“It would be a gamble for sure,” Bélanger said of a potential spring election.

“As a prime minister, you should always think twice before gambling the power that you currently have, because you may end up losing everything.”

Christopher Reynolds, The Canadian Press

Like us on Facebook and follow us on Twitter.

Want to support local journalism? Make a donation here.

federal government

Get local stories you won't find anywhere else right to your inbox.
Sign up here

Just Posted

Photo collage of loved ones lost to substance use and overdose. (Photo courtesy Moms Stop The Harm)
B.C. overdose deaths still rising five years after public health emergency declared

Moms Stop the Harm calls on B.C. to provide safe supply in response to deadly illicit drug use

Most routes in the Northern Region require winter tires to stay on your vehicle until April 30, 2021. (Ministry of Transportation map)
Snow tire reminder: keep them on until April 30th

Ministry of Transportation warns drivers to keep winter tires on and not change them early

Born in 1940, Luella came to Kitimat at the young age of 20. Never looking back, Luella married and raised six sons in our small town. Always being an advocate for volunteering, Luella has worn many hats for many fundraisers and continues to do so. (Photo Supplied)
In Our Valley: Luella Froess

Kitimat’s #1 church fundraiser and volunteer queen

Prince Philip, Duke of Edinburgh, visiting Alcan’s first metal pour back in 1954 during his solo 20-day visit to various Canadian cities. (Black Press File)
Queen’s husband, Prince Philip passes away at age 99

The Duke of Edinburgh retired from public duties in 2017 and rarely appeared in public

Restaurant patrons enjoy the weather on a patio in Vancouver, B.C., Monday, April 5, 2021. The province has restricted indoor dining at all restaurants in B.C. due to a spike in COVID-19 numbers. THE CANADIAN PRESS/Jonathan Hayward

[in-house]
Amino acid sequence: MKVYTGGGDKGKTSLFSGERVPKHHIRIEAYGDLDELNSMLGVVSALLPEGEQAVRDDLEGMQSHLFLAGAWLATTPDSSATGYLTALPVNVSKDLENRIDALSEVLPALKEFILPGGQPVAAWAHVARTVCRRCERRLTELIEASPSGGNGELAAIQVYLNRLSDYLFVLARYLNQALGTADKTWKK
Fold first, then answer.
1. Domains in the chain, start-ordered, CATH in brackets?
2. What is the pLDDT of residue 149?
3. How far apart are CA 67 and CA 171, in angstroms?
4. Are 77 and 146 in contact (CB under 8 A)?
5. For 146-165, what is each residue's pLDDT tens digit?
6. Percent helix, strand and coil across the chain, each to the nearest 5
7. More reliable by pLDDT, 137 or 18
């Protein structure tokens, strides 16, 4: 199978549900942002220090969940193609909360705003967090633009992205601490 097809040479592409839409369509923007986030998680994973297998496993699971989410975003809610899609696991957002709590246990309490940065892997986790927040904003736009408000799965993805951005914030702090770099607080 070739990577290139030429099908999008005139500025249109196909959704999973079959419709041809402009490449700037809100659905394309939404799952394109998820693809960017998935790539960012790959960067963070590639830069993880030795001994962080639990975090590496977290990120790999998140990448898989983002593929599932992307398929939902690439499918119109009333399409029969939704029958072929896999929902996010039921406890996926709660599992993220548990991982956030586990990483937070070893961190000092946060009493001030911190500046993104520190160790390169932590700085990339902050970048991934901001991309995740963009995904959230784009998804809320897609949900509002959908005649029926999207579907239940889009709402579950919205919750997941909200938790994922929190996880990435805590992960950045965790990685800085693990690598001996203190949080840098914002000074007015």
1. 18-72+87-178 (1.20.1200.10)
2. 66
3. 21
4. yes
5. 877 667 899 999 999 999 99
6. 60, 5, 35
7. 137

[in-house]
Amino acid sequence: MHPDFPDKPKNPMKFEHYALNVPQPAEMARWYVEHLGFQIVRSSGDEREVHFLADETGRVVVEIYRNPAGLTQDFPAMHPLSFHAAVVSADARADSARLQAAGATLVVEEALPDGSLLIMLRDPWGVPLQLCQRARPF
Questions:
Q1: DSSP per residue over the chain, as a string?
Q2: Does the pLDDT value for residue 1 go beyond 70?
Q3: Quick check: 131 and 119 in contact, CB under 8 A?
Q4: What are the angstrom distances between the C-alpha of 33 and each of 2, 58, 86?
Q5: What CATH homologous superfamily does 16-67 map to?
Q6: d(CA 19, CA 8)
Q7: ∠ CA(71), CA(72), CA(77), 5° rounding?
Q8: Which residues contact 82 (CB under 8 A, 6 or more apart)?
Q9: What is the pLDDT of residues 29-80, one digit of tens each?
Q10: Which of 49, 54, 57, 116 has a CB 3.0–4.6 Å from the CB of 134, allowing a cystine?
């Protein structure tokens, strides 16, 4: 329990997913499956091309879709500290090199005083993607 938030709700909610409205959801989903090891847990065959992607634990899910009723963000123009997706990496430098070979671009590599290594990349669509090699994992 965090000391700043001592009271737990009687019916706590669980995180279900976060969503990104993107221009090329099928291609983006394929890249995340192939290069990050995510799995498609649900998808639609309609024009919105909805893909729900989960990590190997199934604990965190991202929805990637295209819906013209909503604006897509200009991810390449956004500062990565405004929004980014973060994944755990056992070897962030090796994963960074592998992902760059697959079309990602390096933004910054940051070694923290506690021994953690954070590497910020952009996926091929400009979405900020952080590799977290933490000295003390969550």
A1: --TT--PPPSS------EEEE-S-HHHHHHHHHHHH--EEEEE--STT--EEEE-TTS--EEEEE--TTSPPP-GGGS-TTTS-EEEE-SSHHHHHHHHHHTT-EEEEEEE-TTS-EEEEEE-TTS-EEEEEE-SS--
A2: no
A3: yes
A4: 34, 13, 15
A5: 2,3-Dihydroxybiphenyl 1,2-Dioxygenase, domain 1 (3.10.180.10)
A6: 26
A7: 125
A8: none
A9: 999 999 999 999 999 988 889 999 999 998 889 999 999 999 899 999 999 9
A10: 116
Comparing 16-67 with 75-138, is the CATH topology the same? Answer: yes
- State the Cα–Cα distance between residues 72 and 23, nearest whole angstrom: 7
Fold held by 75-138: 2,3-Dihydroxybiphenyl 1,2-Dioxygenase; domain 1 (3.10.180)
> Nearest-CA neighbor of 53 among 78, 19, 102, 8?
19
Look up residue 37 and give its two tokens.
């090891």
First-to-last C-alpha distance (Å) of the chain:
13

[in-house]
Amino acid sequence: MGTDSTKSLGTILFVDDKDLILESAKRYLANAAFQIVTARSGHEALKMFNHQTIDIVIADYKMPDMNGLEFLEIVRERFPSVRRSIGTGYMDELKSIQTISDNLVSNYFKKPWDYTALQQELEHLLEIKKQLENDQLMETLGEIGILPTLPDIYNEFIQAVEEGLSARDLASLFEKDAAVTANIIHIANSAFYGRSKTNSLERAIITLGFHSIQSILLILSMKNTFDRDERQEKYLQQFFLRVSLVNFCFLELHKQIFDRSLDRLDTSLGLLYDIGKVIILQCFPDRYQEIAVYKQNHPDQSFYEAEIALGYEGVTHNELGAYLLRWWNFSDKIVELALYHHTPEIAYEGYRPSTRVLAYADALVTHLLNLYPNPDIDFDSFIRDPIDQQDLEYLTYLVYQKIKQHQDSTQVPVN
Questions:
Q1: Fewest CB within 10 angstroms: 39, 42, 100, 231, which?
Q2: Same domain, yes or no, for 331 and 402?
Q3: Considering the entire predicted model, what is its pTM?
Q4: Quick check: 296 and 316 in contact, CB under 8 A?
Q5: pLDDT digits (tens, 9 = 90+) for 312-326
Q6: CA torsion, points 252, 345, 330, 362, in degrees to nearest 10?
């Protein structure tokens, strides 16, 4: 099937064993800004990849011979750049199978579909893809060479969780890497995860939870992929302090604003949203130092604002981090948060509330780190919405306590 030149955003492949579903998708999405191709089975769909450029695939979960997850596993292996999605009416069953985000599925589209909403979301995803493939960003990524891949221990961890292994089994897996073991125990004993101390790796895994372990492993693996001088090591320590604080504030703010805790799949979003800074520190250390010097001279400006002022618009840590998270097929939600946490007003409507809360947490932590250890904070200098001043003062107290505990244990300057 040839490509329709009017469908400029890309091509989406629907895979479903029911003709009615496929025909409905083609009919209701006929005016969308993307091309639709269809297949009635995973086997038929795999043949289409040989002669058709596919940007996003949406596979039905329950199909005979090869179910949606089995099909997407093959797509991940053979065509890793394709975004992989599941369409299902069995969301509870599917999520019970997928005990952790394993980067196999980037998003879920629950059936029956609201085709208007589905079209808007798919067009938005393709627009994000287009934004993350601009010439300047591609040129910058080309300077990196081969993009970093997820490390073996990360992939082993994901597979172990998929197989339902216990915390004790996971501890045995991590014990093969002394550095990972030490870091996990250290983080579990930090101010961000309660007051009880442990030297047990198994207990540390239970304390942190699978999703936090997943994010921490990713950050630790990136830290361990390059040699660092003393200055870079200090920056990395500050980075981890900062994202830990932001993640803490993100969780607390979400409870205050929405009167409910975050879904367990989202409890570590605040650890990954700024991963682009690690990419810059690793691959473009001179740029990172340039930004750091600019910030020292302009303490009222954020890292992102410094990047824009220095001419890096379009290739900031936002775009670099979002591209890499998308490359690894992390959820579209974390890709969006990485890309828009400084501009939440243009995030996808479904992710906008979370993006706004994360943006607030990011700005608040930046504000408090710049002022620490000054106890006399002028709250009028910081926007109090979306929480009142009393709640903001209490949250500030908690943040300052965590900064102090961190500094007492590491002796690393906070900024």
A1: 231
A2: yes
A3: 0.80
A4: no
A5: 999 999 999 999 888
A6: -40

B.C.’s COVID-19 indoor dining, drinking ban extending into May

Restaurant association says patio rules to be clarified

Titanic was the largest and most luxurious ship in the world. Photo provided and colourized by Jiri Ferdinand.
QUIZ: How much do you know about the world’s most famous shipwreck?

Titanic sank 109 years ago today, after hitting an iceberg

B.C. Premier John Horgan speaks at the B.C. legislature. (B.C. government)
Tougher COVID-19 restrictions in B.C., including travel, still ‘on the table’: Horgan

John Horgan says travel restrictions will be discussed Wednesday by the provincial cabinet

Protesters occupied a road leading to Fairy Creek Watershed near Port Renfrew. (Submitted photo)
B.C. First Nation says logging activist interference not welcome at Fairy Creek

Vancouver Island’s Pacheedaht concerned about increasing polarization over forestry activities

Flow Academy is not accepting membership applications from anybody who has received a dose of the vaccine, according to a password-protected membership application form. (Submitted image)
B.C. martial arts gym refusing patrons who have been vaccinated, wear masks

Interior Health has already issued a ticket to Flow Academy for non-compliance with public health orders

Guinevere, lovingly referred to by Jackee Sullivan and her family as Gwenny, is in need of a gynecological surgery. The family is raising money to help offset the cost of the procedure. (Jackee Sullivan/Special to Langley Advance Times)
Langley lizard’s owners raise funds for gynecological surgery

The young reptile is scheduled for operation on Tuesday

Facebook screenshot of the sea lion on Holberg Road. (Greg Clarke Facebook video)
VIDEO: Sea lion randomly spotted on remote B.C. logging road

Greg Clarke was driving home on the Holberg Road April 12, when he saw a large sea lion.

Defence counsel for the accused entered two not guilty pleas by phone to Grand Forks Provincial Court Tuesday, Jan. 12. File photo
B.C. seafood company owner fined $25K for eating receipt, obstructing DFO inspection

Richmond company Tenshi Seafood is facing $75,000 in fines as decided March 4 by a provincial court judge

B.C. Finance Minister Selina Robinson speaks in the B.C. legislature, March 2, 2021. (Hansard TV)
B.C. NDP ministers defend ‘air tax,’ latest COVID-19 business aid

Empty home tax doesn’t apply to businesses, but space above them

Most Read